Vol. XXII, p. xxi. The Jaina worship differs in one important
point from that of the Buddhists. It recognised no worship of


stricter than in Buddhism. On the development of
the order and the leisure of monastic life, there fol-
lowed further, the commencement of a literary and
scientific activity. The oldest attempt, in this re-
spect, limited itself to bringing their doctrine into fixed
forms. Their results were, besides other lost works,
the so-called Anga, the members of the body of the
law, which was perhaps originally produced in the
third century B. C. Of the Anga eleven are no
doubt preserved among the Svetambaras from a
late edition of the fifth or sixth century A. D.
These works are not written in Sanskrit, but in a
popular Prakrit dialect : for the Jina, like Buddha,
used the language of the people when teaching.
They contain partly legends about the prophet and
his activity as a teacher, partly fragments of a
doctrine or attempts at systematic representations
of the same. Though the dialect is different they
present, in the form of the tales and in the manner
of expression, a wonderful resemblance to the sacred
writings of the Buddhists . The Digambaras, on the
other hand, have preserved nothing of the Anga

9 A complete review of the Anga and the canonical works which
were joined to it later, is to be found in A. Weber's fundamental
treatise on the sacred writings of the Jainas in the Indischc Studien^
Bd. XVI, SS. 211479 and Bd. XVIII, SS. 190. The Achardhga
and the Kalpa-sutra are translated by H. Jacobi in the S. B. E.
Vol. XXII, and a part of the Upasakadasa Sutra by R. Hoernle
in the Bibl. Ind. In the estimates of the age of the Anga I follow
H. Jacobi, who has throughly discussed the question. S. B, E. Vol.
XXII, pp. xxxix xlvii.


but the names. They put in their place later syste-
matic works, also in Prakrit, and assert, in vindi-
cation of their different teaching, that the canon
of their rivals is corrupted. In the further course
of history, however, both branches of the Jainas have,
like the Buddhists, in their continual battles with
the Brahmans, found it necessary to make them-
selves acquainted with the ancient language of the
culture of the latter. First the Digambara and later
the vetambara began to use Sanskrit. They did
not rest content with explaining their own teaching
in Sanskrit works : they turned also to the secular
sciences of the Brahmans. They have accomplished
so much of importance, in grammar, in astronomy,
as well as in some branches of letters, that they
have won respect even from their enemies, and some
of their works are still of importance to European
science. In southern India, where they worked
among the Dravidian tribes, they also advanced
the development of these languages. The Kanarese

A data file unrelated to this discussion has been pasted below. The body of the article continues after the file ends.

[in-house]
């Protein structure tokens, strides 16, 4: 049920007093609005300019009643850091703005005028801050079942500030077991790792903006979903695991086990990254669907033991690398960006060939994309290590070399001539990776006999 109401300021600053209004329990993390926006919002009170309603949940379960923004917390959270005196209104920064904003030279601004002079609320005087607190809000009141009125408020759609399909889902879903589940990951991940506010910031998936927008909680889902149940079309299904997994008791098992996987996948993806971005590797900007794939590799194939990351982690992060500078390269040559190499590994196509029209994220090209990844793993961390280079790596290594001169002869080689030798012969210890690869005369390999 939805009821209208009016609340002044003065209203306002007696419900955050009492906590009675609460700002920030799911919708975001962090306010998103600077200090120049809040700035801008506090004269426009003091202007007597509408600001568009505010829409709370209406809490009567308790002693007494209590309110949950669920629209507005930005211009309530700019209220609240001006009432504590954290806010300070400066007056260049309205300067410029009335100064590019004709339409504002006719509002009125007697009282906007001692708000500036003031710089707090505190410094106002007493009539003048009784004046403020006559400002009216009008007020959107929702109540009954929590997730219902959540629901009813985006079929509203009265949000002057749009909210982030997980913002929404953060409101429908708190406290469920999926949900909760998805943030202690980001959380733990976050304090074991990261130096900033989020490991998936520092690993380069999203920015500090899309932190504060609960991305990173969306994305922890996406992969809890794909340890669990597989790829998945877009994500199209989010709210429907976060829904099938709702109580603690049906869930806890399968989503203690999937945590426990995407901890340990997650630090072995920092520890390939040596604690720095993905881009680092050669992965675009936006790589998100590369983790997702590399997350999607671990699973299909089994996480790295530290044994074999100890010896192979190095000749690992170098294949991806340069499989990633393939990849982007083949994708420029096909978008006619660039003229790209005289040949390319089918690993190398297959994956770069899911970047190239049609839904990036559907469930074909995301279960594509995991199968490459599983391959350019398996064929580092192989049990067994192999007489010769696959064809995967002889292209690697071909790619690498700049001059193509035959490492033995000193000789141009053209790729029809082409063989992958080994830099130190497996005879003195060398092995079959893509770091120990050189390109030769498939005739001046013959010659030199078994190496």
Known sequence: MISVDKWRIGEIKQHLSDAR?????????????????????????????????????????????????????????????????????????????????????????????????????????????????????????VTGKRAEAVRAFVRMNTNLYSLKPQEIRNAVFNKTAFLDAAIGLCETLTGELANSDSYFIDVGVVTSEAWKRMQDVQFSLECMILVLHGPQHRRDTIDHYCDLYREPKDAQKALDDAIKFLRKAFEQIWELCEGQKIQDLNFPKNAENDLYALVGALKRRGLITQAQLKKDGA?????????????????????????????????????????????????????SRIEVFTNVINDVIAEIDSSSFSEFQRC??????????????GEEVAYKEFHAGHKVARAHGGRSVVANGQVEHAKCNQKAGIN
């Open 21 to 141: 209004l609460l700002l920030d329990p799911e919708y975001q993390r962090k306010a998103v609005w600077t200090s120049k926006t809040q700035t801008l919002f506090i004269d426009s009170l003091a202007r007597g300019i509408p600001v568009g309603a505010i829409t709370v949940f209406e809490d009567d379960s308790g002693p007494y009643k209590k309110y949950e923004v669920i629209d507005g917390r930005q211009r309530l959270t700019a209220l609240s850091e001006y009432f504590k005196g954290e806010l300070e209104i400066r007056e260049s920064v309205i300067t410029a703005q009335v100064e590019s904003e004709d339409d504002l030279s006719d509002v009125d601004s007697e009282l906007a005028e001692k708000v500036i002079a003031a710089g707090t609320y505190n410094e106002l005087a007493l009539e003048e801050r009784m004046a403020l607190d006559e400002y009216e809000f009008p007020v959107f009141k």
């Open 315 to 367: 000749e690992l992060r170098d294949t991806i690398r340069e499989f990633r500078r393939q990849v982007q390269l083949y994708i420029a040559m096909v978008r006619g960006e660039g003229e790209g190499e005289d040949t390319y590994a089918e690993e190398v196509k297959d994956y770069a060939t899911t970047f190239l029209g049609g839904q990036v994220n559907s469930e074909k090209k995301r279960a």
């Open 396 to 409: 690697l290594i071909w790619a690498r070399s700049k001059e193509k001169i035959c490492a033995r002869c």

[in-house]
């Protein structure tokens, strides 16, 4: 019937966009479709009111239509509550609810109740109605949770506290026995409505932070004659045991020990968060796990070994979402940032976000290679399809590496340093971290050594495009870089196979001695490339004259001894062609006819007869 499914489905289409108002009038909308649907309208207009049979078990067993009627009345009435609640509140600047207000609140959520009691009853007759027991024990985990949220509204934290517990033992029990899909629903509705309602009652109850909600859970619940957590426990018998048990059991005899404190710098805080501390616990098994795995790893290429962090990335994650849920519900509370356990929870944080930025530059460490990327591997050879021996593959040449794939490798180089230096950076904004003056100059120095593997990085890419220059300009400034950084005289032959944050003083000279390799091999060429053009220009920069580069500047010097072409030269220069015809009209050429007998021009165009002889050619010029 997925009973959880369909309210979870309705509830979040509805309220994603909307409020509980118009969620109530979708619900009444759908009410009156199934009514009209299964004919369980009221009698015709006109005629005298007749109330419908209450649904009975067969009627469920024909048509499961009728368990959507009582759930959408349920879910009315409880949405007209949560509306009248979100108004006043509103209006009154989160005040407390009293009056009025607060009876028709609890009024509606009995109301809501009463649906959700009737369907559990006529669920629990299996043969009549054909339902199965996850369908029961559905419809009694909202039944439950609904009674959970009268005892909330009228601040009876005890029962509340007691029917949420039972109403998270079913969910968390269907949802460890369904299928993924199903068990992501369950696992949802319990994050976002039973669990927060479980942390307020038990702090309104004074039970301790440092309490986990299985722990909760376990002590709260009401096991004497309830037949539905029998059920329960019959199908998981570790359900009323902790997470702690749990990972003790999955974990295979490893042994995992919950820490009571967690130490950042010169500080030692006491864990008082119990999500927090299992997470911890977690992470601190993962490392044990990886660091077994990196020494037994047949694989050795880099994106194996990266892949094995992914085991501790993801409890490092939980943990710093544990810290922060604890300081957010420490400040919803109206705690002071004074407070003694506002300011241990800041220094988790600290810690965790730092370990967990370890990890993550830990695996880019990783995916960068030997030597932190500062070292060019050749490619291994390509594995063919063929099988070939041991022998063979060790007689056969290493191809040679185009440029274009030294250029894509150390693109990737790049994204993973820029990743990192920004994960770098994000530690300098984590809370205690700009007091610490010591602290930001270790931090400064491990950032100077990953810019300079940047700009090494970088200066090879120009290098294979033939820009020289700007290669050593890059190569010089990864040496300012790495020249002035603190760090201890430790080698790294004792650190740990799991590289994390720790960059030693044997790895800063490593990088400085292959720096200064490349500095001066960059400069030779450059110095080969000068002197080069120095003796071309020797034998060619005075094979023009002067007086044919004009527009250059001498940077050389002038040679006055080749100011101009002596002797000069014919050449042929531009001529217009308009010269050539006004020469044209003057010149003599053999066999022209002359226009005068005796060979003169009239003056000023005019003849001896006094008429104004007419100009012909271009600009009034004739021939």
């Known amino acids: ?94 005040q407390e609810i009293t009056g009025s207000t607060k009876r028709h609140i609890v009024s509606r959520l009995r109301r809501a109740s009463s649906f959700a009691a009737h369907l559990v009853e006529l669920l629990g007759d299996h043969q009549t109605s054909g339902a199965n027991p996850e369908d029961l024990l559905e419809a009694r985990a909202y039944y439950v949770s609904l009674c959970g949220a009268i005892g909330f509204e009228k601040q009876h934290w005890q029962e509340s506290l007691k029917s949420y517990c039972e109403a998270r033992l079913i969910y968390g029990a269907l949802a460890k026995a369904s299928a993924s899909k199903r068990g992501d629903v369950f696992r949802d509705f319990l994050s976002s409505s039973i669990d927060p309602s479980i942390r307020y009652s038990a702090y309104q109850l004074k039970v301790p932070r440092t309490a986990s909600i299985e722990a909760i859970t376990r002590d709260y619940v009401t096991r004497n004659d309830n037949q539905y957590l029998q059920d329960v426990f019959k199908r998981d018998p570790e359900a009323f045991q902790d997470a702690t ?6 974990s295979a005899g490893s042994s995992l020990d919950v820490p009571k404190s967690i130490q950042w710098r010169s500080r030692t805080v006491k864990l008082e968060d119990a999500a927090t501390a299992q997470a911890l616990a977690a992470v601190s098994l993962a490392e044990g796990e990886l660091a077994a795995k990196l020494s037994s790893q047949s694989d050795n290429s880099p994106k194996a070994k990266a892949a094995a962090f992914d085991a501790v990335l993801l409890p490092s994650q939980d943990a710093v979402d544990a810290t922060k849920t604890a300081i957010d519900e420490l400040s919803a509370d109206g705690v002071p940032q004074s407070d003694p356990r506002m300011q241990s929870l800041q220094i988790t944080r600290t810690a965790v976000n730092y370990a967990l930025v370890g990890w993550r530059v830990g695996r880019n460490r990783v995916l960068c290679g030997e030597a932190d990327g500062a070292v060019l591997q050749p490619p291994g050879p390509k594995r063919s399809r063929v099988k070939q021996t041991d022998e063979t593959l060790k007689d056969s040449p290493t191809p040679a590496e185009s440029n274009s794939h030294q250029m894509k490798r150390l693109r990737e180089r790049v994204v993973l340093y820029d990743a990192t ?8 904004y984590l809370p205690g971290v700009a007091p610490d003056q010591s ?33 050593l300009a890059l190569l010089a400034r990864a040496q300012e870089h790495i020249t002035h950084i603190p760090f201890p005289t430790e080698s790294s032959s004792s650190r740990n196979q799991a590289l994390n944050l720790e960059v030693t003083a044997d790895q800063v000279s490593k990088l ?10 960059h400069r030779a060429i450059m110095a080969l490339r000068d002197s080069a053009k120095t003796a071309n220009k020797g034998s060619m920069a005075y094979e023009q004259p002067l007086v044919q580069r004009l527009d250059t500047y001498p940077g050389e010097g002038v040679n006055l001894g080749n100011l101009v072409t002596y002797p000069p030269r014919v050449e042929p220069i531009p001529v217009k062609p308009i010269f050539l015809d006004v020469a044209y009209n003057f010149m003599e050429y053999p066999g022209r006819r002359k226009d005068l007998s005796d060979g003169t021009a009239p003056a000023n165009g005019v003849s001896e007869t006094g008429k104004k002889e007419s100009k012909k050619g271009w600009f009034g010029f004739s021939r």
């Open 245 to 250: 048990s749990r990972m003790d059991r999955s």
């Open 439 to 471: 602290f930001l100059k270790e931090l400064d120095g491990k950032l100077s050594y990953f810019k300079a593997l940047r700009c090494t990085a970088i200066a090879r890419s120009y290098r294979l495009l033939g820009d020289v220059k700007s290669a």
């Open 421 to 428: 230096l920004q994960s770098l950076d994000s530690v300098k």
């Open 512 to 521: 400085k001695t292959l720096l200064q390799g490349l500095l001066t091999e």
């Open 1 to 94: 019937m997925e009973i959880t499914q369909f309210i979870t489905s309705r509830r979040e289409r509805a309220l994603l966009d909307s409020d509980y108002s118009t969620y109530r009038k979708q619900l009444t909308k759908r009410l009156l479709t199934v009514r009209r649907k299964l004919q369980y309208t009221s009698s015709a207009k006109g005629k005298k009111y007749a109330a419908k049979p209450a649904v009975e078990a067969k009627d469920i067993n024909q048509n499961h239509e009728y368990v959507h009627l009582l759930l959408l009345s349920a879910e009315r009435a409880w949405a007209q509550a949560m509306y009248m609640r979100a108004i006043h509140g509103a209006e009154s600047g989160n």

literary language and the Tamil and Telugu rest
on the foundations laid by the Jaina monks.' This
activity led them, indeed, far from their proper
goal, but it created for them an important position
in the history of literature and culture.

The resemblance between the Jainas and the
Buddhists, which I have had so often cause to bring
forward, suggests the question, whether they are
to be regarded as a branch of the latter, or whether
they resemble the Buddhists merely because, as their


tradition asserts 10 , they sprang from the same period
and the same religious movement in opposition to
Brahmanism. This question, was formerly, and is still
sometimes, answered in agreement with the first
theory, pointing out the undoubted defects in it,
to justify the rejection of the Jaina tradition, and
even declaring it to be a late and intentional fab-
rication. In spite of this the second explanation is
the right one, because the Buddhists themselves
confirm the statements of the Jainas about their
prophet. Old historical traditions and inscriptions
prove the independent existence of the sect of the
Jainas even during the first five centuries after
Buddha's death, and among the inscriptions are
some which clear the Jaina tradition not only from
the suspicion of fraud but bear powerful witness
to its honesty '.

10 The later tradition of the Jainas gives for the death of their
prophet the dates 545, 527 and 467 B. C. (see Jacobi, Kalpasutra ,
introd. pp. vii ix and xxx). None of the sources in which
these announcements appear are older than the twelfth century
A. D. The latest is found in Hemachandra who died in the year
1172 A. D. The last is certainly false if the assertion, accepted
by most authorities, that Buddha's death falls between the years
482 and 472 B. C. is correct. For the Buddhist tradition maintains
that the last Jaina Tirthakara died during Buddha's lifetime (see p. 34).

i Apart from the ill-supported supposition of Colebrooke,
Stevenson and Thomas, according to which Buddha was a disloyal